Most research regarding the nutritional value of sweet bell peppers has been conducted using red and green bell peppers. Red bell peppers are one of the best sources of beta-carotene, the form of vitamin A found in plants. And red bell peppers also contain approximately 11 times the beta-carotene of green bell peppers. In addition, they are an excellent source of the phytochemicals lutein and zeaxanthin, which are known to protect against macular degeneration. Bell peppers of all colors are also a good source of B6, fiber, folate, potassium, and many other vitamins and minerals. And they contain the phytochemical lycopene, which has been shown to reduce the risk for certain cancers. One cup of raw chopped sweet bell pepper contains approximately 25 calories.
While red bell peppers have three to four times the vitamin C content of citrus fruits, green, yellow, and orange bell peppers are also higher in vitamin C than citrus fruits.
Also, "A 2007 study published in the Journal of Food Science compared the antioxidant activity in all four colors and found that the content of antioxidant phenolic compounds was greatest in red bell peppers, followed by orange, yellow, and green," says VanBeber.
Fiction: That bell peppers of a particular color are more nutritious than those of other colors.
Concerns: Placing the emphasis on one specific vegetable (or one color vegetable) makes it seem as if other vegetables are not nutritious. All fruits and vegetables are packed with vitamins, minerals, fiber, and phytochemicals (health-promoting properties of plants such as antioxidants). Always eating the same fruit or vegetable causes you to miss out on all the nutrients in other fruits and vegetables. Each color group provides different vitamins, minerals, and antioxidants, so it's important to choose fruits and vegetables from all the color groups: red, orange/yellow, green, blue/purple, and white, says Greebel.
Research indicates that bell peppers of all colors are among the top 10 vegetables for containing pesticide residue when grown conventionally. "It is recommended that when buying bell peppers, individuals look for organically grown varieties," says VanBeber.
Bottom Line: All colors of sweet bell peppers provide good nutrition in the form of vitamins A, C, and B6. They are also good nutritional sources of fiber, folate, molybdenum, and magnesium, says VanBeber. However, red bell peppers pack more vitamin A (beta-carotene) than do the other colors, and they are also sweeter.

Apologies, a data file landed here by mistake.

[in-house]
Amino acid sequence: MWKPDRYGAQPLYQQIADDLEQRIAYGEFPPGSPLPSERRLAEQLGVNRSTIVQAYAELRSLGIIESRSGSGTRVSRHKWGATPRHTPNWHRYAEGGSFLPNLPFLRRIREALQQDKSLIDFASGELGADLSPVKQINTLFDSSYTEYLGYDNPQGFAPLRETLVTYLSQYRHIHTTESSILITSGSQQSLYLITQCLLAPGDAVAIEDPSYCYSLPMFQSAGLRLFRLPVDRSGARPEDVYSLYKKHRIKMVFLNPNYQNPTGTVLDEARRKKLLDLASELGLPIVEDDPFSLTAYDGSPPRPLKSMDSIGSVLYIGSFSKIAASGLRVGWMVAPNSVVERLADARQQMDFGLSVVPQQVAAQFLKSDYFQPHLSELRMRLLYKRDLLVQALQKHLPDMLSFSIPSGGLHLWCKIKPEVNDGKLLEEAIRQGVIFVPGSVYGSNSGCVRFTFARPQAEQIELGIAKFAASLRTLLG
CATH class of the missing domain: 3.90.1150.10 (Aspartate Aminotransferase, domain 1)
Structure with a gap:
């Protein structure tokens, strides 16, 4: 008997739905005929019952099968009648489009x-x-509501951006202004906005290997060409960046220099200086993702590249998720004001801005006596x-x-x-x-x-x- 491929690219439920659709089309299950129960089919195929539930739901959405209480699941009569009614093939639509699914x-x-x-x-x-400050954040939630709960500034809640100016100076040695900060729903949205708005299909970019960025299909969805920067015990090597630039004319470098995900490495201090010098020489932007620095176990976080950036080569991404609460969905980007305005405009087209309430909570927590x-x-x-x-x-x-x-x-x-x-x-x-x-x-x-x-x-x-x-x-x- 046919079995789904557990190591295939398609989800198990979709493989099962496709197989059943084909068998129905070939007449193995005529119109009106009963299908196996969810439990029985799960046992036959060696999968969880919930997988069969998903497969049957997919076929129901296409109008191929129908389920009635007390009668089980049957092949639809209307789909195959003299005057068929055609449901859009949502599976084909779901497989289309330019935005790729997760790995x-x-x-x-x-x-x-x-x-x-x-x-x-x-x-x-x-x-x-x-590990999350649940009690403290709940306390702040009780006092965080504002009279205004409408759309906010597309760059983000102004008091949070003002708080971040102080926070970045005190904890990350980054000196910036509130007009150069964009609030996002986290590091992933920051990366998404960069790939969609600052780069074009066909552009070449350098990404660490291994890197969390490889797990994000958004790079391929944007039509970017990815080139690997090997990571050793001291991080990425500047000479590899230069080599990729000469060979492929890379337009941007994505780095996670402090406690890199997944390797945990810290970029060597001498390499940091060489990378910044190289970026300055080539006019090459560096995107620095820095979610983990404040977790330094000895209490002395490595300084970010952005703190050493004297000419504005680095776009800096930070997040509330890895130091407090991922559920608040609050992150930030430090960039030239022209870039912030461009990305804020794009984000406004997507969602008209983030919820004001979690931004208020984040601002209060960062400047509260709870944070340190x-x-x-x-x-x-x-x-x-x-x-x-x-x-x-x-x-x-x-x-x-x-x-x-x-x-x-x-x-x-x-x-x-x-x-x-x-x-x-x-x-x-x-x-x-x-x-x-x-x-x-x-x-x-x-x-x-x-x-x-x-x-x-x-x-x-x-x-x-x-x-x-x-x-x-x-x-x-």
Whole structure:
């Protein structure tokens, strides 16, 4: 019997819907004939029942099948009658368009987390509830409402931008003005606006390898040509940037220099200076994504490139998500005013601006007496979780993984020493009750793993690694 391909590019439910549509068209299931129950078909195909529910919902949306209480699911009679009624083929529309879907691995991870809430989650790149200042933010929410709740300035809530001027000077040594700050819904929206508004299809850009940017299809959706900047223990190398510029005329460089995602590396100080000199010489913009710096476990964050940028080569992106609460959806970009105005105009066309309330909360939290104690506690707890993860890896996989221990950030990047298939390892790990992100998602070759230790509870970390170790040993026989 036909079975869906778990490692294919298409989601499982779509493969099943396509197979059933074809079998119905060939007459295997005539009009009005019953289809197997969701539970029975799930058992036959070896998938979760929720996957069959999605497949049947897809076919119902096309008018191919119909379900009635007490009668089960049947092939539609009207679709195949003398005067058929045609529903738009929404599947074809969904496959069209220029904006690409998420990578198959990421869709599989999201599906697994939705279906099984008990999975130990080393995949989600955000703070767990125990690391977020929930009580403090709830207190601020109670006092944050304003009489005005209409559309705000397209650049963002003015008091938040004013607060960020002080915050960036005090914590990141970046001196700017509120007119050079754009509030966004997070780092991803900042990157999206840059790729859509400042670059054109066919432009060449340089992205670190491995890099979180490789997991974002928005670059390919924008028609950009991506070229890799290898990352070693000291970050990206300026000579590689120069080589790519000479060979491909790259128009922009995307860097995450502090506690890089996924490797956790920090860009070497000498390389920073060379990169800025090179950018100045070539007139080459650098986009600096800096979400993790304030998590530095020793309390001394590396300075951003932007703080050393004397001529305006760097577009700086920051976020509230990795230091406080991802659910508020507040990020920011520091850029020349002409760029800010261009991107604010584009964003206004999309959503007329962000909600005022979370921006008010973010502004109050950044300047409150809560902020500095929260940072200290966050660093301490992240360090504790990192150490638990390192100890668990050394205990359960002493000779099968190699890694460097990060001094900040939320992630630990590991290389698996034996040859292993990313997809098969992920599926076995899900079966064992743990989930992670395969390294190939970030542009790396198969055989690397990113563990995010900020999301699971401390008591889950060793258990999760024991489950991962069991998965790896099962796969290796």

Fact: "Frozen yogurt is a sweet treat that can provide some bone-strengthening calcium. However, it contains only about half as much calcium as regular yogurt. Some frozen yogurts are made with a starter culture (Lactobacillus bulgaricus and Streptococcus thermophilus) that aids digestion and has other health benefits, but if these frozen yogurts have been heat treated, the cultures are destroyed. Look for the 'Live and Active Cultures' seal on the label to obtain a frozen dessert with these cultures. Some frozen yogurts can have added probiotics, but the amounts may not be adequate to confer a benefit," says Joan Salge Blake, MS, RD, LDN, registered dietitian and nutrition professor at Boston University and author of Nutrition & You (Benjamin Cummings, 2007).
Fiction: That all frozen yogurts contain live and active cultures.
Concern: Many individuals overindulge in frozen yogurt thinking that it is low in calories, a good a source of calcium (compared with regular yogurt), and has live and active cultures, says Salge Blake. Also, according to the National Yogurt Association, be on the lookout for the following other types of yogurt that might not contain live and active cultures: yogurt-covered pretzels, yogurt-covered candy, and some yogurt-containing spreads and salad dressings.
Bottom Line: "If you choose a frozen yogurt because of its added probiotics, be sure to call the manufacturer to ascertain the type and amount in the product," says Salge Blake. Or look for the National Yogurt Association's Live and Active Culture seal.
Charles Stuart Platkin is a nutrition and public health advocate, founder and editor of DietDetective.com, the health and fitness network and author of The Diet Detective's Calorie Bargain Bible. Copyright 2008 by Charles Stuart Platkin. All rights reserved.
Reprinted with permission from www.dietdetective.com, June 2008.